“Substantial assistance” is a term that is often heard in the media when federal criminal cases of public interest are in the news.

In the 1990 movie GoodFellas, Henry Hill provided substantial assistance to the Government.

Substantial assistance is a process by which a federal criminal defendant helps the government to investigate and prosecute crimes committed by persons other than the defendant.

A defendant can provide substantial assistance in a variety of ways. For example, a defendant might provide information to the Government regarding a person that has been committing crimes, which then leads to the arrest and prosecution of that person.  In some cases, substantial assistance can mean that a defendant actually goes to court and testifies at a trial or hearing against his coconspirators.  If you have ever seen the 1990 movie “GoodFellas,” the character Henry Hill provided substantial assistance to the Government when he testified against the organized crime bosses for whom he had worked.  In return, Henry Hill avoided prison.

Why Would a Federal Criminal Defendant Decide to Cooperate with the Government and Provide Substantial Assistance?

Typically, the reason a federal criminal defendant would cooperate with the Government is to get a shorter prison sentence or to serve no prison sentence at all.

The Government knows that sometimes, in order to convict the organizers and leaders of criminal organizations, the most useful witnesses are other members of that same criminal organization.  Therefore, in order to convict the leaders of a criminal organization, the Government will frequently make deals with lower members of the organization.  Essentially, the deal is that if a defendant cooperates against the leaders of the criminal organization, then the defendant’s own punishment will be reduced.

Normally, if a defendant wants to cooperate with the Government, the defendant will sign a federal plea agreement, which will explain the terms of the substantial assistance process.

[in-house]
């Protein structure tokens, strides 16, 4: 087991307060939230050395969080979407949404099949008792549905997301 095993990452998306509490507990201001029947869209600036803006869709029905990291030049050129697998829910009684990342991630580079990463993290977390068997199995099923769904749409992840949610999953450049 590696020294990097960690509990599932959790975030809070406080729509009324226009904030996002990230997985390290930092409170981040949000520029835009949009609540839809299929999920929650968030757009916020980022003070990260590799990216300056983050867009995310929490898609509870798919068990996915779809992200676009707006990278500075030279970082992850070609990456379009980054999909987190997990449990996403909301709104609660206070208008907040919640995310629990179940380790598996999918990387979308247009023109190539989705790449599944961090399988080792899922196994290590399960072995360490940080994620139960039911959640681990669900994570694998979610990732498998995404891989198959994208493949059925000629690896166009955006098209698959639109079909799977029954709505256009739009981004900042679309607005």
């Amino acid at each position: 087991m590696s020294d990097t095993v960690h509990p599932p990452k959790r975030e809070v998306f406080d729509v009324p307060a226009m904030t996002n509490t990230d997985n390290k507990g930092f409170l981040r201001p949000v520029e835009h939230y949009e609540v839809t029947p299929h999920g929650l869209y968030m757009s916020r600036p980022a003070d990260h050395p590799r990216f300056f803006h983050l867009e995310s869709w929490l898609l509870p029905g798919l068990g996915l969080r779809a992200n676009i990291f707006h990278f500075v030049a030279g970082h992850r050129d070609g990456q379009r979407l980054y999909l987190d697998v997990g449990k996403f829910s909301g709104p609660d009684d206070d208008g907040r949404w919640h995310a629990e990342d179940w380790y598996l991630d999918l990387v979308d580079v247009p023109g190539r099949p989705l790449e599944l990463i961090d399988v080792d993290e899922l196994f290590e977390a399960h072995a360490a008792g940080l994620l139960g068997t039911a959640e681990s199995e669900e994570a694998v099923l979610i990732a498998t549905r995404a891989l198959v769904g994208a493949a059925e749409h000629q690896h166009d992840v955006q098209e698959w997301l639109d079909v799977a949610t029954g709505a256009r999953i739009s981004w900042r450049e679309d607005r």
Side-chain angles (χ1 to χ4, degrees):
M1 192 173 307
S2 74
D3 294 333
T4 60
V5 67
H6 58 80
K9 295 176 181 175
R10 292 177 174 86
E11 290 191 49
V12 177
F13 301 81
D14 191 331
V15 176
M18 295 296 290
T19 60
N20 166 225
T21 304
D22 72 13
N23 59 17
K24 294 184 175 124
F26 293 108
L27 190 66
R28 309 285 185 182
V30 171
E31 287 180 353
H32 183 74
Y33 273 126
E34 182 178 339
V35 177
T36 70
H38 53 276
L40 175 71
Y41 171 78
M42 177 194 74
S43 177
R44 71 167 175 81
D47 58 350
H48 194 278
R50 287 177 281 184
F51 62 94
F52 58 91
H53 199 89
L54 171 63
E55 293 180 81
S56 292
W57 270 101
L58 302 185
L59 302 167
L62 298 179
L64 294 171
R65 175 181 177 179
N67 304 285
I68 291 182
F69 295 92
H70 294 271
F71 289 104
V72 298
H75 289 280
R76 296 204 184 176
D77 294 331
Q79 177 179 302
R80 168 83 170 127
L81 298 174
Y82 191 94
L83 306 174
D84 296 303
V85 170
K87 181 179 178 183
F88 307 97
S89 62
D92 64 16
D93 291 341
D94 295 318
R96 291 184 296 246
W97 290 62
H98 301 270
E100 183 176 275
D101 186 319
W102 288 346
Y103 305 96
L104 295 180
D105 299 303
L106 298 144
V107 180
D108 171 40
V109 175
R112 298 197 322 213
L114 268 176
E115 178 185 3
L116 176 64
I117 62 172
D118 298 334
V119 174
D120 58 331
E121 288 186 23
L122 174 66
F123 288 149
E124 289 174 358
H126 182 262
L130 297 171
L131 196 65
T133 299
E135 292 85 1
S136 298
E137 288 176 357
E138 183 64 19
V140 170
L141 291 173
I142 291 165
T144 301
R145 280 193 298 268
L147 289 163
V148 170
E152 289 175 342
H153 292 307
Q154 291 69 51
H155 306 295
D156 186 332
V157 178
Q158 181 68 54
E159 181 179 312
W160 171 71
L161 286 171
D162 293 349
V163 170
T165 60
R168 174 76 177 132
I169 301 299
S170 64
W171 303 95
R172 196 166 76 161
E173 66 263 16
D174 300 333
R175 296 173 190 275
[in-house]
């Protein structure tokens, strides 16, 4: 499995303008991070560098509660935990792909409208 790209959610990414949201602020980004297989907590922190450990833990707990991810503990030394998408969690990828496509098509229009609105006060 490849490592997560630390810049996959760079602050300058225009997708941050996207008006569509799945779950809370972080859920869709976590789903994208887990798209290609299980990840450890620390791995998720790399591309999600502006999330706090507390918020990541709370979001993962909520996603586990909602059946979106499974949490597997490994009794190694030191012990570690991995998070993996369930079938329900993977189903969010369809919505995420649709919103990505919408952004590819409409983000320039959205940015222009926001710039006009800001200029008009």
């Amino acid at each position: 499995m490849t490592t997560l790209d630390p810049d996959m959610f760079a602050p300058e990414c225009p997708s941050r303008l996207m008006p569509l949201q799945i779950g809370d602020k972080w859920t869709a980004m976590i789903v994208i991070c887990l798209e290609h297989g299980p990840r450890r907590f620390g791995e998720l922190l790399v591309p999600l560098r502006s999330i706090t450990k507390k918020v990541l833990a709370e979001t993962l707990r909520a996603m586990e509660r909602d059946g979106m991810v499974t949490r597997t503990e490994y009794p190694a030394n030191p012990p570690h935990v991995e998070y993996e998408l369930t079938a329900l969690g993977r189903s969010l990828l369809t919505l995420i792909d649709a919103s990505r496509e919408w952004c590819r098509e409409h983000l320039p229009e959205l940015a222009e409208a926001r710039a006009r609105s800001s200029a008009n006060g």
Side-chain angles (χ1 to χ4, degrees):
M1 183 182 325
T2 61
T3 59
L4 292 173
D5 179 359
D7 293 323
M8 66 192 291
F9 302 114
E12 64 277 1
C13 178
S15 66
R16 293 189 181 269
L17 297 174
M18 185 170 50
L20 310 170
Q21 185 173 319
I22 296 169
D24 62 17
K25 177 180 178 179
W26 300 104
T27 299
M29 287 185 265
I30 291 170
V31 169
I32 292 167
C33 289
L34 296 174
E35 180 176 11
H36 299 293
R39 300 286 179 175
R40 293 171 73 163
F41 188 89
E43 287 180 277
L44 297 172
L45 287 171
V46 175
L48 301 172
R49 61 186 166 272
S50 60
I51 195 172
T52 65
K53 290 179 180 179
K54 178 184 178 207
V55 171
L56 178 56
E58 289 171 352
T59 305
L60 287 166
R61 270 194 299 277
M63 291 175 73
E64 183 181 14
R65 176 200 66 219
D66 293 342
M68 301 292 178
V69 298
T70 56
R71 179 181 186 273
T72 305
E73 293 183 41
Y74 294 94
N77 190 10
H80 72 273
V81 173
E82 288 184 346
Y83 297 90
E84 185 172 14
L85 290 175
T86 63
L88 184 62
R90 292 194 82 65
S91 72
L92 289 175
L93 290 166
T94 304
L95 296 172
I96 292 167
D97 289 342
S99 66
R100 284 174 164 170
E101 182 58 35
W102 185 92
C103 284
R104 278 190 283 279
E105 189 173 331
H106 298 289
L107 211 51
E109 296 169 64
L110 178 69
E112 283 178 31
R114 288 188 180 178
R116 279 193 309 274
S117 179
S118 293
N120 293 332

What is a §5K1.1 Motion?

Federal district court judges use the United States Sentencing Guidelines to help them to decide the appropriate sentence to give a defendant.  In the sentencing guidelines, there is a section called 5K1.1.

The requirements of the §5K1.1 are set out in the United States Sentencing Guidelines.

The requirements of the §5K1.1 are set out in the United States Sentencing Guidelines.

The 5K1.1 Motion section states that if a defendant has provided substantial assistance in the investigation or prosecution of another person who has committed a crime, the judge can take that substantial assistance into consideration at sentencing and impose less punishment upon the defendant.  Further, if the 5K1.1 motion cites a law known as 18 U.S.C. 3553(e), then the judge can impose a sentence below any applicable minimum mandatory sentence.

What is a Rule 35 Motion?

A Rule 35 Motion is very similar to a 5K1.1 motion, with two key differences.  First, a Rule 35 Motion is made after a person has been sentenced.  In fact, sometimes a Rule 35 Motion is made several years after a defendant has been sentenced to prison.  Second, with a Rule 35 Motion, a federal judge always has the power to sentence a defendant below any minimum mandatory sentence, regardless of whether or not the prosecutor approves.